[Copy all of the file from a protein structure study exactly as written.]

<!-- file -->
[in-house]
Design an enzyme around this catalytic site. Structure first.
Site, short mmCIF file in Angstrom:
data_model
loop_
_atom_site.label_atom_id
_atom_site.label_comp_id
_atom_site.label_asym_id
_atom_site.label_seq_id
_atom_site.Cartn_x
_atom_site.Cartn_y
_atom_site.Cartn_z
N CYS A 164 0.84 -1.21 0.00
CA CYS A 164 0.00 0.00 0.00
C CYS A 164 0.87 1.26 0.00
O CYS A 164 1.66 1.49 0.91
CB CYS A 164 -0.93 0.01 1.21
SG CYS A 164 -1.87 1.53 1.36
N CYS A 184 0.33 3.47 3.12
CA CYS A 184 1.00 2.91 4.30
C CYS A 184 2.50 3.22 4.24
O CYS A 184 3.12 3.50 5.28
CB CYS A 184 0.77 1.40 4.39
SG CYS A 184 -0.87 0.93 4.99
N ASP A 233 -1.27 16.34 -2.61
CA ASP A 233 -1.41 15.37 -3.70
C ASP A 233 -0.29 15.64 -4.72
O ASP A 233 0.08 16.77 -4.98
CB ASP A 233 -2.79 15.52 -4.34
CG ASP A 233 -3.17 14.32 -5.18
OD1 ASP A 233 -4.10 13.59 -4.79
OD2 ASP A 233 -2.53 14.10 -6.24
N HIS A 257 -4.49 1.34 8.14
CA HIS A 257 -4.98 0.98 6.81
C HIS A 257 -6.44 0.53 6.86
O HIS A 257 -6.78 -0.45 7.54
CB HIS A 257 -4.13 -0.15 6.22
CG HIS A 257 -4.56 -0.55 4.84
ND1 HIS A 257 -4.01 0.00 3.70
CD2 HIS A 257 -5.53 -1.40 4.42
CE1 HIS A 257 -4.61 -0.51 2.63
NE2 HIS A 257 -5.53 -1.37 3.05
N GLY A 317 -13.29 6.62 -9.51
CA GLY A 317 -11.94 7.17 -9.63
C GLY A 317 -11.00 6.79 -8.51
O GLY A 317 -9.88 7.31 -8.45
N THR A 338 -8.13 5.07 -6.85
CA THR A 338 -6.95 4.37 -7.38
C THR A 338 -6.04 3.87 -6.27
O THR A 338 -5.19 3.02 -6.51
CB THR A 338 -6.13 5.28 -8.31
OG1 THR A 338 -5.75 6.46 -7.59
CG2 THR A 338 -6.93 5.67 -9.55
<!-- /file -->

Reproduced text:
[in-house]
Design an enzyme around this catalytic site. Structure first.
Site, short mmCIF file in Angstrom:
data_model
loop_
_atom_site.label_atom_id
_atom_site.label_comp_id
_atom_site.label_asym_id
_atom_site.label_seq_id
_atom_site.Cartn_x
_atom_site.Cartn_y
_atom_site.Cartn_z
N CYS A 164 0.84 -1.21 0.00
CA CYS A 164 0.00 0.00 0.00
C CYS A 164 0.87 1.26 0.00
O CYS A 164 1.66 1.49 0.91
CB CYS A 164 -0.93 0.01 1.21
SG CYS A 164 -1.87 1.53 1.36
N CYS A 184 0.33 3.47 3.12
CA CYS A 184 1.00 2.91 4.30
C CYS A 184 2.50 3.22 4.24
O CYS A 184 3.12 3.50 5.28
CB CYS A 184 0.77 1.40 4.39
SG CYS A 184 -0.87 0.93 4.99
N ASP A 233 -1.27 16.34 -2.61
CA ASP A 233 -1.41 15.37 -3.70
C ASP A 233 -0.29 15.64 -4.72
O ASP A 233 0.08 16.77 -4.98
CB ASP A 233 -2.79 15.52 -4.34
CG ASP A 233 -3.17 14.32 -5.18
OD1 ASP A 233 -4.10 13.59 -4.79
OD2 ASP A 233 -2.53 14.10 -6.24
N HIS A 257 -4.49 1.34 8.14
CA HIS A 257 -4.98 0.98 6.81
C HIS A 257 -6.44 0.53 6.86
O HIS A 257 -6.78 -0.45 7.54
CB HIS A 257 -4.13 -0.15 6.22
CG HIS A 257 -4.56 -0.55 4.84
ND1 HIS A 257 -4.01 0.00 3.70
CD2 HIS A 257 -5.53 -1.40 4.42
CE1 HIS A 257 -4.61 -0.51 2.63
NE2 HIS A 257 -5.53 -1.37 3.05
N GLY A 317 -13.29 6.62 -9.51
CA GLY A 317 -11.94 7.17 -9.63
C GLY A 317 -11.00 6.79 -8.51
O GLY A 317 -9.88 7.31 -8.45
N THR A 338 -8.13 5.07 -6.85
CA THR A 338 -6.95 4.37 -7.38
C THR A 338 -6.04 3.87 -6.27
O THR A 338 -5.19 3.02 -6.51
CB THR A 338 -6.13 5.28 -8.31
OG1 THR A 338 -5.75 6.46 -7.59
CG2 THR A 338 -6.93 5.67 -9.55